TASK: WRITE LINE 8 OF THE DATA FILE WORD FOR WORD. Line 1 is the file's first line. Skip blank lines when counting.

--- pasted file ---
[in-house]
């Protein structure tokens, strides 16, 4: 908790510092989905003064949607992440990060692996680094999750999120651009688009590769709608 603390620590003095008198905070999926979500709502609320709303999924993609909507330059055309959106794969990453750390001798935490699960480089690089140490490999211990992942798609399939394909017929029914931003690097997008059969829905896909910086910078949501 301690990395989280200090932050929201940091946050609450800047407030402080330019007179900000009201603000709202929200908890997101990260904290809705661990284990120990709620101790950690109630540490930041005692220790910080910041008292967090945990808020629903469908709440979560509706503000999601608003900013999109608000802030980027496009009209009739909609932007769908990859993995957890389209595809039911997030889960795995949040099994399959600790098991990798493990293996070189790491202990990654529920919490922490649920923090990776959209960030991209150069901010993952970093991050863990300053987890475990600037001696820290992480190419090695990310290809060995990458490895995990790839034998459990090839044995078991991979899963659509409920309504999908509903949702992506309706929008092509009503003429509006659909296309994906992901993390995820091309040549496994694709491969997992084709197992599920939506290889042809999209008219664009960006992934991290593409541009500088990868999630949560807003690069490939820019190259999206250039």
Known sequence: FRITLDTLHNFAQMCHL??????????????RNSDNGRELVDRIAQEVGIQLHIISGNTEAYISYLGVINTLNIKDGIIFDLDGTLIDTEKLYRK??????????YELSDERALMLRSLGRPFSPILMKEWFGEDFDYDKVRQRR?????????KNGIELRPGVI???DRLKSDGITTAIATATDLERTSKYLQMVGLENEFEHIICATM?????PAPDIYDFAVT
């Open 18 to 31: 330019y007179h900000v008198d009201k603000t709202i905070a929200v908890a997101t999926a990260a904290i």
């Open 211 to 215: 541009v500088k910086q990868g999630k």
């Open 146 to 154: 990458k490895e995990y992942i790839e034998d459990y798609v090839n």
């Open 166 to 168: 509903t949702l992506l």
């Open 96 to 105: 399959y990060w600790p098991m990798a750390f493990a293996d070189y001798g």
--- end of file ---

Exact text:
């Open 96 to 105: 399959y990060w600790p098991m990798a750390f493990a293996d070189y001798g």